Of course we are reading quotes and not transcriptions for a new manuscript. People frequently paraphrase when they are simply intending to give a quick quote. The literary observation is that these were alternate elaborations, stemming from an earlier, simpler statement. Assuming it was common knowledge that Josephus was not a Christian, and assuming that he still referred to Jesus as the Messiah, it makes sense that some paraphrases would try to tell us what Josephus "truly intended to say."

Other church authorities over the years refered to the Testimonium, citing Josephus as a Jew and not as Christian. He is mentioned by Ambrose (AD 360), Hedsronym (AD 400), and Isidorus Pelusiota (AD 410). Sozomen, (History Eccles. Lob. 1 cap. 1 440 AD) writes:

Now he seems to me by this revelation almost to proclaim that Christ is God. However, he appears to have been so affected with the strangeness of the thing as to run as it were in a sort of middle way so as not to put any indignity upon believers in Him, but rather to afford his suffrage to them. (William Whiston translation, Ibid. p. 641).

Trithemius (AD 1480 Abbas d Scripture Eccles.) says,

Josephus the Jew, although he continued to be Jew, did frequently commend the Christians and in the Eighteenth book of his Antiquities wrote down an eminent testimony concerning our Lord Jesus Christ (Whiston translation, Ibid, p. 643).

These commentaries over the ages give no hint whatsoever of a belief in a Christian Josephus. If the church had tried to rewrite the Testimonium for that reason, there is absolutely no evidence to support it. On the bottom line, even if it is someday proven that the original Josephus text included words like was thought or perhaps, we have lost nothing in our argument, for it would still show that the resurrection claim was an event monumental enough for a historian to take note of it, trying as hard as he could to refrain from personal bias.



1) An Old Russian version of a different book of Josephus, History of the Jewish War, contains a longer passage about Jesus which some believe to be an expanded version of the Antiquities passage, proving a Christian interpolation. Interpolations did sometimes happen. They are evident in different versions of the New Testament. In such cases there were a variety of reasons, generally relating to well meaning scribes who were attempting to explain some unusual word or inconsistency. Sometimes comments that were originally intended as footnotes got into the actual text by mistake. Other times, a scribe truly thought he was correcting an error (since the manuscript he was copying from was also a copy and not the original). But the careful and intellectually faithful scribes far outweighed the presumptuous ones, and the multiple copies of manuscripts can usually show when copyist changes (deliberate or intentional) were made, helping us to reconstruct with considerable accuracy, what the original manuscript said. This discipline, known as Textual Criticism, is explained with great detail by Princeton Professor, Bruce Metzger in The Text of the New Testamet, Its Transmission, Corruption, and Restoration (Oxford University Press,New York,1992).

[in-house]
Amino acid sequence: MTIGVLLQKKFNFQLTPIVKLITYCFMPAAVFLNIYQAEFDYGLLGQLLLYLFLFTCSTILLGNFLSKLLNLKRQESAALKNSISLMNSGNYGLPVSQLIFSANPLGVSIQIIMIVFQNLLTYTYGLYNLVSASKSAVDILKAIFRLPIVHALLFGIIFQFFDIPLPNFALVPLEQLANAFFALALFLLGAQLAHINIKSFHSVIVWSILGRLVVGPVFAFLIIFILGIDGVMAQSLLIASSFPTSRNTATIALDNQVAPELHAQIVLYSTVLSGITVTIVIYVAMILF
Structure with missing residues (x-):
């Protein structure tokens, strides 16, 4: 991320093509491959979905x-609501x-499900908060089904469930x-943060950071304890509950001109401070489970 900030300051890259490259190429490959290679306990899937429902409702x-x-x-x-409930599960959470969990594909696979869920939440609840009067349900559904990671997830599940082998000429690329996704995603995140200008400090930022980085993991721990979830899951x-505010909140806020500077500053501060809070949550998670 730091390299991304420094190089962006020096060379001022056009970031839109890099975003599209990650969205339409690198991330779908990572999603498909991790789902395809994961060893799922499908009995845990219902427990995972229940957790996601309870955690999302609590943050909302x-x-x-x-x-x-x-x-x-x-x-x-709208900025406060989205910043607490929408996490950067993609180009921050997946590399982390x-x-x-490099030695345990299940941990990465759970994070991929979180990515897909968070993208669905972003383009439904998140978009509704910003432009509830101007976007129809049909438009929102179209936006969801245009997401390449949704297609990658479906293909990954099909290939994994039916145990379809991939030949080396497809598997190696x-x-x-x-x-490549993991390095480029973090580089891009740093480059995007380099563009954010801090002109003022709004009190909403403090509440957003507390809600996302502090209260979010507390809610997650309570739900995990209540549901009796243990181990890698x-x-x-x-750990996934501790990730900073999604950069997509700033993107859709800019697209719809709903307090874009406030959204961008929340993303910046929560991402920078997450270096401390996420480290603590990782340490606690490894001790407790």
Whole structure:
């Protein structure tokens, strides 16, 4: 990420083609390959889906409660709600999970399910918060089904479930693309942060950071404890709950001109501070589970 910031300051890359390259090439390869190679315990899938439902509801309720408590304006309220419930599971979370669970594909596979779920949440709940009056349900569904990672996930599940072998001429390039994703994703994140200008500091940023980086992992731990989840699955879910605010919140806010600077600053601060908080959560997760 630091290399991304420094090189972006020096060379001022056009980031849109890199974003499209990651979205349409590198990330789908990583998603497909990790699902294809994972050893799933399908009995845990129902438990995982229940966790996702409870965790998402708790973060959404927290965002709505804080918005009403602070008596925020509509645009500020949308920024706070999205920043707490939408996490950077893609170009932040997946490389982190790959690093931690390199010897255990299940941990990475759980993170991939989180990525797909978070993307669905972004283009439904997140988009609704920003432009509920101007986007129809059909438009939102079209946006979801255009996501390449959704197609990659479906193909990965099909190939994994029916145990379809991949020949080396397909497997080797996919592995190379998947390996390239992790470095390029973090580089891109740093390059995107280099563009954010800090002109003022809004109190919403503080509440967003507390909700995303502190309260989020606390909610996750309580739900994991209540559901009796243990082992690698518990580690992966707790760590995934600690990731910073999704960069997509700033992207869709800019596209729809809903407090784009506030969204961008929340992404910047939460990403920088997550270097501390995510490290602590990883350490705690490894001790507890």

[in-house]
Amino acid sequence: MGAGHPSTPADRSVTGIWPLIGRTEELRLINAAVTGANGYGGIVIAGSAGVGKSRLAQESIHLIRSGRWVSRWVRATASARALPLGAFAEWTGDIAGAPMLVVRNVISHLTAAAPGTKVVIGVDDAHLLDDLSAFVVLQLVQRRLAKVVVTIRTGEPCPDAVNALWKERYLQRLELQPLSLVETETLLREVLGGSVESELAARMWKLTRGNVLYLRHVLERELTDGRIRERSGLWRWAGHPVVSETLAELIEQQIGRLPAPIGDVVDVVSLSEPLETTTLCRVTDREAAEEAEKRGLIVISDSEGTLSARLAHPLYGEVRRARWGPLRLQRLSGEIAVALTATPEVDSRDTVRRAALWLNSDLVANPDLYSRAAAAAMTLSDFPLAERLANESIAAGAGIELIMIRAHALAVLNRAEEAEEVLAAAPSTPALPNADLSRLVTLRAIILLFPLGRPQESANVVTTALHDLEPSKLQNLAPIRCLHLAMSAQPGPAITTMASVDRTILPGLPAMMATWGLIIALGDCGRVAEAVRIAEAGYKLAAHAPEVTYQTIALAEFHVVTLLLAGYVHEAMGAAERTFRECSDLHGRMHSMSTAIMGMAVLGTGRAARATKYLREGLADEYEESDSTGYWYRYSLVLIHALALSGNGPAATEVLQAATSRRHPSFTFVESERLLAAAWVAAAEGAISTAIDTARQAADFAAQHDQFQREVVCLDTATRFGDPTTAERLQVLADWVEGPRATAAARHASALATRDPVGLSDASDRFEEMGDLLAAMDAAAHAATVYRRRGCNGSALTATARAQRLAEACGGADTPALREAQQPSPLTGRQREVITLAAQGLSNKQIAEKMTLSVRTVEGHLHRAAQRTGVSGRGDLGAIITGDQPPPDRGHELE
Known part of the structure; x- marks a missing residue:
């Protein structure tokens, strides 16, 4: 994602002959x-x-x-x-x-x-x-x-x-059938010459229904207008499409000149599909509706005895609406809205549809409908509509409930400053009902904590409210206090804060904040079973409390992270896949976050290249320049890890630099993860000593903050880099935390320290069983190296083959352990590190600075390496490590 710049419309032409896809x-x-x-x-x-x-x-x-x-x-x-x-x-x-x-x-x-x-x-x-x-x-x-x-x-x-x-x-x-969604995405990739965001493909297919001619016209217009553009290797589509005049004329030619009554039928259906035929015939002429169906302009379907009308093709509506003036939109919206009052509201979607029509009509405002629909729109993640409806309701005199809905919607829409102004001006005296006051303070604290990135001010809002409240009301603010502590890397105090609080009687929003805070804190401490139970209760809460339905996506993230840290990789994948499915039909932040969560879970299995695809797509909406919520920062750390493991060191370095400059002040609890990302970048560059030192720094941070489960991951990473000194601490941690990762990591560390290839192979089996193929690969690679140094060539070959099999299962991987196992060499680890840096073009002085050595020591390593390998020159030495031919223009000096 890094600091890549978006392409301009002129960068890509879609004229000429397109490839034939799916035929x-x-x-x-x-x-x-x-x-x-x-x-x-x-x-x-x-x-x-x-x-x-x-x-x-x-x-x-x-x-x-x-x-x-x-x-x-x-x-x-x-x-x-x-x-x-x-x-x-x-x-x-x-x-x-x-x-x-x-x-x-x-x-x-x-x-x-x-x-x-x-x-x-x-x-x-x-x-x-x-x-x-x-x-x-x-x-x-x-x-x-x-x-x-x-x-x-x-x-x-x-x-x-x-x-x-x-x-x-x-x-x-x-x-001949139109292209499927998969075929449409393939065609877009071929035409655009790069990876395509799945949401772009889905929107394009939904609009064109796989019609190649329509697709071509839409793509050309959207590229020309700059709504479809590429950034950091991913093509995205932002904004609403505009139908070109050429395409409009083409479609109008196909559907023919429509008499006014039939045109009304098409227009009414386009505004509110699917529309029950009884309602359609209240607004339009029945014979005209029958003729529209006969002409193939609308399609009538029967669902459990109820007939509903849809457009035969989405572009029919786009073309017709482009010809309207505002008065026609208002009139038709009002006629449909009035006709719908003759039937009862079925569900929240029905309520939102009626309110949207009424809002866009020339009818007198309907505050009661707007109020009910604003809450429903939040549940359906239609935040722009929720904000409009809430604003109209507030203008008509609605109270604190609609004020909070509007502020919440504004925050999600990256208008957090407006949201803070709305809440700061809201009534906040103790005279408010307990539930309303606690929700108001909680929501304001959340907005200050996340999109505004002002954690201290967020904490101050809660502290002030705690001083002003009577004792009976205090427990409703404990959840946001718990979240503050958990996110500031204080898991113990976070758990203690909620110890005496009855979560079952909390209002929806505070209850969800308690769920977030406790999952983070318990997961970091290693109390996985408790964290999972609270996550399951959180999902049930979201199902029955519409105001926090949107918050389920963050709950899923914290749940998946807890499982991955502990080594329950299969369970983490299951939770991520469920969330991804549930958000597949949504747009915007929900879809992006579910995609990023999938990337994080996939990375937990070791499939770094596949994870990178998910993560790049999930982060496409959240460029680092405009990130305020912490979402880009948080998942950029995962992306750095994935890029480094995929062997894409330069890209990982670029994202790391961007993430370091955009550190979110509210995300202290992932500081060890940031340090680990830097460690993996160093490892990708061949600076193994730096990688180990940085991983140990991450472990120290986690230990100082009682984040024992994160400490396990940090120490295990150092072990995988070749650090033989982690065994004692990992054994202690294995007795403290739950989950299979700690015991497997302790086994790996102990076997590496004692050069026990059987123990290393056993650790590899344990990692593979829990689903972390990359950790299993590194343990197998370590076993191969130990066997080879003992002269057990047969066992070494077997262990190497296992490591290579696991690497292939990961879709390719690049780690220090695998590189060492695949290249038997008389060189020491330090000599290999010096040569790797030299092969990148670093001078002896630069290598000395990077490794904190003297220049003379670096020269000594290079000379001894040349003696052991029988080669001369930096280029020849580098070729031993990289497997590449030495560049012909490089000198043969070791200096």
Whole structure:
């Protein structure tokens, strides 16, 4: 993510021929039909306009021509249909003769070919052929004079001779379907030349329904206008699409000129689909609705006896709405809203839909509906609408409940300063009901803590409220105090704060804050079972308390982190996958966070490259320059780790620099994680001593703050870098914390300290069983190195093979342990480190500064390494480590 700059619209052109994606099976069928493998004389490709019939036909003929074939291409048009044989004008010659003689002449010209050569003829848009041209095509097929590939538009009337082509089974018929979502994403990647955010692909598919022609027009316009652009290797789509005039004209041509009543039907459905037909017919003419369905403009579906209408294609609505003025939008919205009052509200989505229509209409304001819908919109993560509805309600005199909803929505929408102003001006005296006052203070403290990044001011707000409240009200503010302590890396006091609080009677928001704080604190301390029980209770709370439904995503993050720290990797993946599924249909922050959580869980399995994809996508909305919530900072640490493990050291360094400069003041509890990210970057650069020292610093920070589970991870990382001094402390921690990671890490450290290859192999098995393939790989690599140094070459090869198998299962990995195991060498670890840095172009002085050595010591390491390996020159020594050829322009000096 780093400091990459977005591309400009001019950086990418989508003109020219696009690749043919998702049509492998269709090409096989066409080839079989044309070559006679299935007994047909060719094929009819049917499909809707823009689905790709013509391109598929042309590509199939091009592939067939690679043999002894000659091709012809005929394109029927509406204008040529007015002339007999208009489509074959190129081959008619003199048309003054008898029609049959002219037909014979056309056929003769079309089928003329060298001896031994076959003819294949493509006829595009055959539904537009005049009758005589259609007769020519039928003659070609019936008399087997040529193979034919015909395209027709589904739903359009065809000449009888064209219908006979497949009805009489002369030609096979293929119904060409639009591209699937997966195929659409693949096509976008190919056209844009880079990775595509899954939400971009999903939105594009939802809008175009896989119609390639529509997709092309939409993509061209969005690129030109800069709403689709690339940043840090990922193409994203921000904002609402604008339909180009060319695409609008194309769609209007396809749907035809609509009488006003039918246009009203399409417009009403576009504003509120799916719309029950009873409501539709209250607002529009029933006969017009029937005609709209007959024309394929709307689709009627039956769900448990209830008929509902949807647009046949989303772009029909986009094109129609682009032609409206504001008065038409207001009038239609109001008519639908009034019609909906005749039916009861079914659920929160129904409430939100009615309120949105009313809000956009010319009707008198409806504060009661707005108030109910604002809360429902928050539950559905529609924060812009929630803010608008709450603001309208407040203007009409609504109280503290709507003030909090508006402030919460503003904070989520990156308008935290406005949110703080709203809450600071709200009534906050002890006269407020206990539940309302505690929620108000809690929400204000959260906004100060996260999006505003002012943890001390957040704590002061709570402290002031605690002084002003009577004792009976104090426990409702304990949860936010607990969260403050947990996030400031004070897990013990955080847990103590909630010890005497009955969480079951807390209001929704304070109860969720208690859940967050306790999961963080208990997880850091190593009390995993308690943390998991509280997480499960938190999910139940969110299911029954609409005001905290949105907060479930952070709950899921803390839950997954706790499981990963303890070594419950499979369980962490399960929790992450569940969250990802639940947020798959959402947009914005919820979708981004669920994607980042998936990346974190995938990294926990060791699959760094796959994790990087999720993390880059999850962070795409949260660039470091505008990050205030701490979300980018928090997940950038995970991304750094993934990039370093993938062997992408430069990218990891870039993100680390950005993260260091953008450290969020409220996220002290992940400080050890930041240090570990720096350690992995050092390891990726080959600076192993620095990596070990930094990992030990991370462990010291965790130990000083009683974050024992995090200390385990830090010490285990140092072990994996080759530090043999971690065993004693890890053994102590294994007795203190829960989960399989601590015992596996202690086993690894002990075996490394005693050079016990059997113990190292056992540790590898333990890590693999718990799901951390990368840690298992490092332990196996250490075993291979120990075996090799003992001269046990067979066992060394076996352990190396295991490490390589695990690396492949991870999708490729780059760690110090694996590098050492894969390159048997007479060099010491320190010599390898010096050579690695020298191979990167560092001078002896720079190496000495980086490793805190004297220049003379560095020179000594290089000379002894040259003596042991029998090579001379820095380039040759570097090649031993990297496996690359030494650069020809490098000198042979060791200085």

With this in mind, let me make a few observations about the Slavonic Josephus passage. First of all, it does not have the manuscript verification of the Testimonium, for it comes up in only one manuscript (dated eleventh or twelfth century) and is not found in any Greek editions of History of the Jewish War. Therefore, this time we have good objective evidence that something was added. No such case can be made for the Testimonium.

In any event, this Slavonic version, (however it got there) takes a very neutral position on who Jesus was and instead gives detail about His trial. Such reporting suggests that it may not be an expanded version of the Testimonium at all but perhaps another historical tradition about Jesus, (maybe from Josephus, maybe from some anonymous author) that floated around independently for a while, and that somebody eventually included into Josephus’ writings.

I do not dismiss the fact that sometimes outright forgeries (such as apocryphal literature) were written. We usually have condemnations of such forgeries from church authorities who were contemporaries of the writers. Also, the Testimonium itself is so brief that it does not match the long winded ambition of those documents which are known forgeries.

2) For example, from the time Aristotle the philosopher lived and died to the earliest copy of an Aristotle manuscript, we have a time gap of 1,400 years, yet the existence of Aristotle as a teacher and the accuracy of his writings is undisputed (F.F. Bruce Archaeological Confirmation of the New Testament).

Also, the "scholars" who reject the New Testament (and subsequent verifications) often times are not historians or archaeologists but (ironically) clergymen of a liberal persuasion. One can get a Doctorate from a seminary just as he can from any other graduate school. This does not mean that we shouldn’t respect such degrees or fields of study. Instead, we should be aware that subjective and specific assumptions often forge the conclusions at some (but not all) seminaries. See A.N. Sherwin-White, Roman Law and Roman Society in the New Testament (Baker Book House, Grand Rapids Michigan, 1994). A professor at Oxford University, he gives his appraisal of the New Testament as a historian.